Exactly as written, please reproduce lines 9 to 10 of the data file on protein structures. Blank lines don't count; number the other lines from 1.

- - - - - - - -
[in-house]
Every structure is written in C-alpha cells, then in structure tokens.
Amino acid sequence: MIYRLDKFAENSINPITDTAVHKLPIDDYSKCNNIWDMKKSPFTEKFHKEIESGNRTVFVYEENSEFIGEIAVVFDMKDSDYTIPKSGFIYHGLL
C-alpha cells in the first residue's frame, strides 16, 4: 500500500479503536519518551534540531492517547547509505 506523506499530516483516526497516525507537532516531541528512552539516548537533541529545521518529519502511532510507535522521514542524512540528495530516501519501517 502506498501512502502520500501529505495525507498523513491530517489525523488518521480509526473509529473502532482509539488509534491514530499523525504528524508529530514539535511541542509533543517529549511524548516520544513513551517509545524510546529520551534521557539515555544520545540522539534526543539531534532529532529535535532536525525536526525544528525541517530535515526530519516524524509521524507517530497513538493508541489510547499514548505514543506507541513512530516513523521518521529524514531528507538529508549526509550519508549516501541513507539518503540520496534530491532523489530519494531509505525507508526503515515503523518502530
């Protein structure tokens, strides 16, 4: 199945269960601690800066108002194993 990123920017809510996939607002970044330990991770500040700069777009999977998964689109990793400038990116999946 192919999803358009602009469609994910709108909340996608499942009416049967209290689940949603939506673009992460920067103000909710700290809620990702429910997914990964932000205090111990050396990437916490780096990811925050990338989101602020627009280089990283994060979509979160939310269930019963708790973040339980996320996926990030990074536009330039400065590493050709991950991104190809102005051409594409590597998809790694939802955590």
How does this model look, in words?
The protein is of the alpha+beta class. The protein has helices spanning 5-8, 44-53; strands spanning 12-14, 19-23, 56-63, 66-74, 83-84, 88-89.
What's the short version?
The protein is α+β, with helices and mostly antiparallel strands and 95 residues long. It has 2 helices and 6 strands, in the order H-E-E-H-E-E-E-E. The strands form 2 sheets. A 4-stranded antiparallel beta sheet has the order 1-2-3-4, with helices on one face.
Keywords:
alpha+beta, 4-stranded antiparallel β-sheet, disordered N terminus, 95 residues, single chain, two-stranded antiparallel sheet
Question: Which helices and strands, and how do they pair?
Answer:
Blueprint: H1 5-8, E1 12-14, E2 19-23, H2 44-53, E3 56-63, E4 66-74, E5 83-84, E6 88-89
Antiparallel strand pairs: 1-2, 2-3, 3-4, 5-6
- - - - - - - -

The protein is α+β, with helices and mostly antiparallel strands and 95 residues long. It has 2 helices and 6 strands, in the order H-E-E-H-E-E-E-E. The strands form 2 sheets. A 4-stranded antiparallel beta sheet has the order 1-2-3-4, with helices on one face.
Keywords: